Moon rock

A more fun interactive exhibit is one on solar panels, demonstrating how the proper angle gives more power.

Working the solar panels

By far the most popular exhibit is the life-size replica of a Gemini capsule. The Gemini Program ran from 1961 to 1966 and put crews of two astronauts into earth orbit. Lucy and Jacob were happy to try out the capsule.

Jacob boards the capsule

Jacob pilots the capsule

Capsule controls

Another control panel

The crew of two with plenty of space

Lucy wants out!

Outside are several rockets and missiles along with a planetary rover.

Third stage engine of a Delta Rocket

Rocket

Tomahawk missiles

Planetary rover

In case you were wondering, Dr. Robert Goddard was a pioneer in rocketry. He made the first successful liquid propelled rocket and developed multi-stage rockets. He died in 1945 just days before the Hiroshima bombing.

Bust of Goddard


Saturday, February 28, 2015

Book Review: Messiah: Origin Adapted by Matt Dorff

Messiah: Origin adapted and edited by Matt Dorff, translations by Mark Arey, art by Kai Carpenter


A lot of superhero franchise reboots suffer from the same problem. The adapters don't appreciate the source material from which they craft a "new take on" or a "more relevant version of" someone like Superman, who has been ill-served recently in both comic books and on the big screen.

Messiah: Origin takes on a person much more significant than Superman. It retells the story of Jesus Christ's origin as described in the four Gospels. The text in the book is a new translation from the Greek without any new words or ideas added. The translation is happily faithful--the text is at once familiar and fresh. The words harmonize well with the new and striking imagery. Reading the book feels like plunging into history and art. It pulls out wonder and surprise from stories that may have become too familiar to pay close attention to. The reader feels the weight of the prophets pointing to the Messiah and the majesty of the angels who visit Zacharias, Mary, Joseph, and the shepherds. Facial expressions communicate a lot and draw out the emotion of the events. The art is wonderfully evocative.

The authors of this book have done a brilliant job of weaving the source material into a seamless whole and presenting it in a visually affecting manner. The first page simple says "Messiah - Volume 1," and I can only hope that there are more volumes to come of this fresh and invigorating presentation of the gospel story.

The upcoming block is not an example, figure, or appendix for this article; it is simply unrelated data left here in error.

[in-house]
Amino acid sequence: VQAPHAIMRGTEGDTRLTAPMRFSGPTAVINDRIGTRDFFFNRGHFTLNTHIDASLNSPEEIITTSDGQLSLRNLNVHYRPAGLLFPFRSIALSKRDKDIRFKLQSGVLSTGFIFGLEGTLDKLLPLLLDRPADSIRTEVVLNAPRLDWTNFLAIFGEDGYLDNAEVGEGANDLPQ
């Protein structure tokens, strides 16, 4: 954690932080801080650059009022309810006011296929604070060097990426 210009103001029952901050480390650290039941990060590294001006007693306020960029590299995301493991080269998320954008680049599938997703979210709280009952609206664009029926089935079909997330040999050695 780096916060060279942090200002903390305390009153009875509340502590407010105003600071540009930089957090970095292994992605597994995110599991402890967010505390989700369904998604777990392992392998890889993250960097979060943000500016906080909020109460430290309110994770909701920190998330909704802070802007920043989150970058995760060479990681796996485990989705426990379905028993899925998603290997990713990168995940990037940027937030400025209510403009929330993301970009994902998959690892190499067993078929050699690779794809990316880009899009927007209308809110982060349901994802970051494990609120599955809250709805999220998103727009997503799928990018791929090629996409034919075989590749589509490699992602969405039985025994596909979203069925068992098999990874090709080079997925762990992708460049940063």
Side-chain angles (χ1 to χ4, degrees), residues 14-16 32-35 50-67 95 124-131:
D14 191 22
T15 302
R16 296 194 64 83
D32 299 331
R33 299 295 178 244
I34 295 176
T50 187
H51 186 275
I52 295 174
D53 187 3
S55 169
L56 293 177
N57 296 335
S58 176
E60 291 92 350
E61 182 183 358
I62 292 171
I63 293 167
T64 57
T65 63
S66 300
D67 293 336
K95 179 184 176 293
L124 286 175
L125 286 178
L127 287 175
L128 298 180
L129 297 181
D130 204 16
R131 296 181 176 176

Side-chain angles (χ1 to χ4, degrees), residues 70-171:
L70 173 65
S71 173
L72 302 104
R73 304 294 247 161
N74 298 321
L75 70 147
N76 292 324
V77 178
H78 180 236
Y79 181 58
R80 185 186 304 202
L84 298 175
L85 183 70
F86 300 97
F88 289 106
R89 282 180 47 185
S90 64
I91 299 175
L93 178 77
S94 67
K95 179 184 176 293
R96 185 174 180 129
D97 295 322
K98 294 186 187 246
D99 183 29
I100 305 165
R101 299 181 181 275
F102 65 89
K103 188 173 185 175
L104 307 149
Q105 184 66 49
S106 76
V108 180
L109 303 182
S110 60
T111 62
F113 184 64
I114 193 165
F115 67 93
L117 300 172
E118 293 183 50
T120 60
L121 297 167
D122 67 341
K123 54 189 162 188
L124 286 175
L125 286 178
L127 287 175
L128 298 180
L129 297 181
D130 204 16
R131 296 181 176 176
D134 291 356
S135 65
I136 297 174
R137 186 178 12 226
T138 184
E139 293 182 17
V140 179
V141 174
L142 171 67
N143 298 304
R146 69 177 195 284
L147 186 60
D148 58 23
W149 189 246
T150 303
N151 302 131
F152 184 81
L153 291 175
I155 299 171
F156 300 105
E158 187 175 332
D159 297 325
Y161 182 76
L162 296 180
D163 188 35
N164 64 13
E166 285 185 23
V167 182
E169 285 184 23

SAMPLE IMAGE--The birth of the Lord



Friday, February 27, 2015

Movie Review: Dawn of the Planet of the Apes (2014)

Dawn of the Planet of the Apes (2014) directed by Matt Reeves


A decade after the events of Rise of the Planet of the Apes, the ape-ocalypse is in full swing. The apes have built a primitive community in the hills outside of San Francisco, where they hunt and gather and speak in sign language. They haven't seen any humans for two years but that changes quickly. Two friends go fishing. As they are walking back they run into a single human male who panics and shoots one of the apes. More humans show up and try to ease the situation. The gunshot is heard by the apes, too, and a bunch of them show up and start shouting "GO!" at the humans. The humans leave but they can't stay away. They are running out of fossil fuels in what's left of San Francisco and want to repair a hydroelectric dam that is near the apes' home. Malcolm, leader of the humans, begins a tense and precarious negotiation with Caesar, leader of the apes. The humans back in Frisco want power at almost any cost (and they do have a lot of weapons); the apes in their community want nothing to do with humans. Can we all get along or will there be all out war?

The movie is very tense and exciting, filled with action and complicated themes and ideas. The apes have a law that no ape kill another ape, which of course gets broken during the course of the movie more than once to great effect. Member of both the ape and the human communities look on the others as lesser beings and as fair game. The leaders work for a more nuanced approach to the others, hoping to preserve peace and well-being for everyone involved. The moral and political tension is just as high as the action tension. Dawn of the Planet of the Apes is a thoughtful and exciting sequel well worth watching.


Thursday, February 26, 2015

Jacob's BSA Report for February 2015

February may be a short month for the calendar but it is a busy month for Cub Scouts. Jacob's den meeting was devoted to making centerpieces for the Blue and Gold Banquet later in the month. The banquet is a celebration of Scouting, which began in February of 1910. At the banquet, most of the boys receive recognition for their achievements that year, including the most senior cubs who move from their Cub Scout pack to a Boy Scouts pack. The decorations were fun to make but, as is usual with six- and seven-year old boys, chaos threatened to take over.